Tuesday, June 26, 2007

At first, the poems of Chris Tonelli remind you of the off-beat wit associated with the New York School:

Night Terror

I had a dream that
the train seemed
important in passing,
something charged.
And I felt as if I was
easily going to have
sex w/ somebody
on that train. But, as
usual, it was someone
on the train before.

But then the humor gets more aggressive, or perhaps transgressive, and reminds me at least more of some of the aspects of Actualism – the 1970s movement begot by Ted Berrigan in Iowa that mostly moved later to the Bay Area before sputtering out – with which I was less fond:

Think Outside the Box

Think inside the butthole.

The last word of this one-line poem pivots the last word of its title, which is its “move” aesthetically. But it also limits it, drastically. So it makes me wonder.

This in turn is followed by a work that tries way too hard for its effect:

The Over-Zealous Philanthropist or The Bullshit Air on the Other Side of Forgiveness

In the silence
after the fart, he
makes sure that
everyone is ok.

Which makes me think the author must be very young indeed.¹ But then there’s something extraordinary:

At a Theater Urinal

The electric eye must have known the movie
was strange and wonderful because it flushed

while I was standing right there. It was true.
No one was watching anymore. It said: Go,

tumble like a manuscript over the lawn.

So that this short volume, {Wide Tree} – the brackets are part of the title – just out from Kitchen Press, rescues itself, tho not completely. Then I see this Cambridge poet dedicate a poem to Bill Knott, the crown prince of bad judgment wedded to an otherwise razor mind, and I begin to wonder if Chris Tonelli isn’t, or wasn’t once, one of Knott’s students. Tonelli’s own profile on Blogger lists a group of favorite books that includes these poets (and in this order):

Wallace Stevens
John Ashbery (Self-Portrait)
Ted Hughes
Elizabeth Bishop
A.R. Ammons
Fernando Pessoa
Nicanor Parra
Alan Dugan
Denis Johnson
Franz Wright
William Bronk
Bill Knott
August Kleinzahler
Anne Carson

Except for the Ashbery, not a New York School poet in sight. And while you could reasonably call William Bronk & Auggie Kleinzahler post-avants, it’s probably more accurate to suggest that they really fall somewhere in the middle between the post-world & the School d’ Quietude (SoQ), not unlike Stevens or Bishop, who approach this middle ground from the other direction.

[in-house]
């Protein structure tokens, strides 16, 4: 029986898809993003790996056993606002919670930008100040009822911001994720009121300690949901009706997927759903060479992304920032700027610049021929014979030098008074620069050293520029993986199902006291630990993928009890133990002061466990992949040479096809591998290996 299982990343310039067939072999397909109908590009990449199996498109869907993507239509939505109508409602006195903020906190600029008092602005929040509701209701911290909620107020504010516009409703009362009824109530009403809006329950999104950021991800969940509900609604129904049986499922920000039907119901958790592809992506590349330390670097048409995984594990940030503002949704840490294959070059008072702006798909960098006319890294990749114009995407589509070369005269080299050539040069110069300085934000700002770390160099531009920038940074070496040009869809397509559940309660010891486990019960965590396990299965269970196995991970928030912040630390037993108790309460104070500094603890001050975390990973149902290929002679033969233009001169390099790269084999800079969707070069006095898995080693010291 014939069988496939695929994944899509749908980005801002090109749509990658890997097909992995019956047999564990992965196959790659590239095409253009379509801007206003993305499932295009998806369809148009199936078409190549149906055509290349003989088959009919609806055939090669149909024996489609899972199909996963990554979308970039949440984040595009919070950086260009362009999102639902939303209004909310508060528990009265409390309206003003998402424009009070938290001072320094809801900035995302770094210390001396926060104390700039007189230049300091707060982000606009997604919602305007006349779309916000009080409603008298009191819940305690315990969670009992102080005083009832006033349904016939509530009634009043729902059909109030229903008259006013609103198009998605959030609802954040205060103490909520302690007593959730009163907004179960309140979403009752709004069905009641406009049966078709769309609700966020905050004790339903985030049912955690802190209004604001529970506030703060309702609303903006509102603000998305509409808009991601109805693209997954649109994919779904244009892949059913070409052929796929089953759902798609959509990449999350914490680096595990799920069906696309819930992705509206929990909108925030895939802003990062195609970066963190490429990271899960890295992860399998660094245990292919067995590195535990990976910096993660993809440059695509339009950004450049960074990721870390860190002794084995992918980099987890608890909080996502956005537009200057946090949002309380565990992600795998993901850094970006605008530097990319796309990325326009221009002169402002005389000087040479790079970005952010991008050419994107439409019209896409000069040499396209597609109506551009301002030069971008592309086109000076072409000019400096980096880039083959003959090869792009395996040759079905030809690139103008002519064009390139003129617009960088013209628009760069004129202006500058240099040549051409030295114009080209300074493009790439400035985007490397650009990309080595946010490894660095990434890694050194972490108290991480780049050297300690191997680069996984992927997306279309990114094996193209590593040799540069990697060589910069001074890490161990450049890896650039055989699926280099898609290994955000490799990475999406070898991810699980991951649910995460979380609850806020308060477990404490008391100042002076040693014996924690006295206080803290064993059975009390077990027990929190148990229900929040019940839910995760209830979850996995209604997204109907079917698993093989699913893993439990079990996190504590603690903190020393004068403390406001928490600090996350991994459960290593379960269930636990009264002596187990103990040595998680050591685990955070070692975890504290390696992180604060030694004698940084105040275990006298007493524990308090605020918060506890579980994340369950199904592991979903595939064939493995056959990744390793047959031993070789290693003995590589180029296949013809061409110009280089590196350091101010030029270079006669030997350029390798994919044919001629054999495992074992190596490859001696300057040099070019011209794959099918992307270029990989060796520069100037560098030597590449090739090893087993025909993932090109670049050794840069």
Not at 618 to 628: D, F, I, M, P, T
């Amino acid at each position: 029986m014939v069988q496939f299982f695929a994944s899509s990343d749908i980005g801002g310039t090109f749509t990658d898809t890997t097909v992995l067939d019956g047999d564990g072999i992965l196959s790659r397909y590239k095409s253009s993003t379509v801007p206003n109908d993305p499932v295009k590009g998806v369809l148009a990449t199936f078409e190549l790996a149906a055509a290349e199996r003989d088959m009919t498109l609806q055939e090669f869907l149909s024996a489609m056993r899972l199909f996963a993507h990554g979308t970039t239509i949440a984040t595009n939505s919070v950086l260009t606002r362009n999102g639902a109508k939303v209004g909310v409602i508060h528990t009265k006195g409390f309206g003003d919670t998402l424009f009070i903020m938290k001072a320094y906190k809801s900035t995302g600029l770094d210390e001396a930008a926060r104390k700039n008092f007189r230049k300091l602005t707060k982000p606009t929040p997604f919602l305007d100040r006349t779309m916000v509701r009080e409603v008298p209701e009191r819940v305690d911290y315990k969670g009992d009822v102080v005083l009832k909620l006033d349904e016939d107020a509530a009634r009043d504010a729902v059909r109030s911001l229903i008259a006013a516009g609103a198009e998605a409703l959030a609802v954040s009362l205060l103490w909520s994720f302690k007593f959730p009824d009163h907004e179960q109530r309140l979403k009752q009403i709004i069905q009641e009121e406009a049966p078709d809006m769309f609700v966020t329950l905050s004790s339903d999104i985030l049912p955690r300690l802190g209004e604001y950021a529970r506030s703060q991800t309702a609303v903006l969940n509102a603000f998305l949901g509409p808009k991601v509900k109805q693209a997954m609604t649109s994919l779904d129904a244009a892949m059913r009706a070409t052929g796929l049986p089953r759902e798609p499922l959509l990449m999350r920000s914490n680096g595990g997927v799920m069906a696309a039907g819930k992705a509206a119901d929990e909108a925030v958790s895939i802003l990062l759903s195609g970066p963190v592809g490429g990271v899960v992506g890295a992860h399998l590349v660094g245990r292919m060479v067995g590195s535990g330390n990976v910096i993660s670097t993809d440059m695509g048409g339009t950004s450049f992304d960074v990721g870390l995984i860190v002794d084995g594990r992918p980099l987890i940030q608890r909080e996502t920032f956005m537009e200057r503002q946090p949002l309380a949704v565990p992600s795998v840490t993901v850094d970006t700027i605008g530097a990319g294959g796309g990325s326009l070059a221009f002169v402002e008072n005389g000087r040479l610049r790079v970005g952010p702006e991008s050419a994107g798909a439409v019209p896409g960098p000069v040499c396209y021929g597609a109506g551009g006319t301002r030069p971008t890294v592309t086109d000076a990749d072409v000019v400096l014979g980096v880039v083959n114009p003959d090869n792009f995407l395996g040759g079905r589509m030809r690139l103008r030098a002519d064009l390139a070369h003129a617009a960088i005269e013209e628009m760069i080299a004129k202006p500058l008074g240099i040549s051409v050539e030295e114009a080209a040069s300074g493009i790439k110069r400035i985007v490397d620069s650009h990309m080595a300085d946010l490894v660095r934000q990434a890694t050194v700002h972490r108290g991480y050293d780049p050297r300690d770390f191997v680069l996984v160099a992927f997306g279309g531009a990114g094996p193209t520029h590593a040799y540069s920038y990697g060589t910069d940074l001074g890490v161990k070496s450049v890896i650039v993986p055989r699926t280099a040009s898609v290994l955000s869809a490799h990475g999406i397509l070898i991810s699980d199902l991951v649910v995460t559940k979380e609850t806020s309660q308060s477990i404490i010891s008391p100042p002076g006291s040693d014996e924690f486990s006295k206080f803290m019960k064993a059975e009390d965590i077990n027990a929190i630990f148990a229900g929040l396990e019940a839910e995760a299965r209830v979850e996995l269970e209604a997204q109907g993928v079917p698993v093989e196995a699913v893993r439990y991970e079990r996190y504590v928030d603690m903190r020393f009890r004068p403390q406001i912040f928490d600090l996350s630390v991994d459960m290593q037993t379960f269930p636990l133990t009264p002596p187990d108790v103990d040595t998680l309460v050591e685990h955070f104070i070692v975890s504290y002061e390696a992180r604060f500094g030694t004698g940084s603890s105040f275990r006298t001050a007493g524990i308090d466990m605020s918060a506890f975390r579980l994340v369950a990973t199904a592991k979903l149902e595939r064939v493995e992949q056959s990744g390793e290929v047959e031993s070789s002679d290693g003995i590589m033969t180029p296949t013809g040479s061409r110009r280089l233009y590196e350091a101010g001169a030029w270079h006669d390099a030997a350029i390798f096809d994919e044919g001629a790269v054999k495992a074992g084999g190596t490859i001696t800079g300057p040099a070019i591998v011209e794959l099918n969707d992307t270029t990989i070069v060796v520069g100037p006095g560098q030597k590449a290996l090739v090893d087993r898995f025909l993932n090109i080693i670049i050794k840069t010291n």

But it’s almost impossible for me to imagine the poet who could write “Think Outside the Box” reading & liking the inordinately grim, but ethically impeccable, Bronk. Or, for that matter, Franz Wright, whose poems are only funny in an Ed Wood sort of way, unintentionally. Ammons, Bishop & Dugan all strike me as among the very best SoQ poets of the past century – Dugan is especially under-appreciated. And he does use humor (usually of the gallows sort – Dugan might be the connecting point between some of these other poets & a writer like Bronk).

The most interesting of these choices, to my reading at least, is Ashbery, not only because Tonelli’s book virtually screams out its debt to Ted Berrigan & Ron Padgett & Dick Gallup & Darrell Gray (perhaps him most of all), all either NY School poets or, in Gray’s case, one heavily influenced thereby, albeit at one remove. It’s that Tonelli has chosen the very least “NY Schoolish” of all Ashbery’s books.

So here is my question, and it could apply to Knott as well as to Tonelli – why would a poet so thoroughly oriented toward a particular kind of poetry, specifically the New York School, not engage more directly & fully with that writing? What is it about either one of them that keeps their imaginations so thoroughly “on campus” when it could be far more unbounded in a different setting?

I’m not particularly saying that their approach is “wrong,” but I do find it baffling.


¹ His Blogger profile – not always the best source – says he’s 32.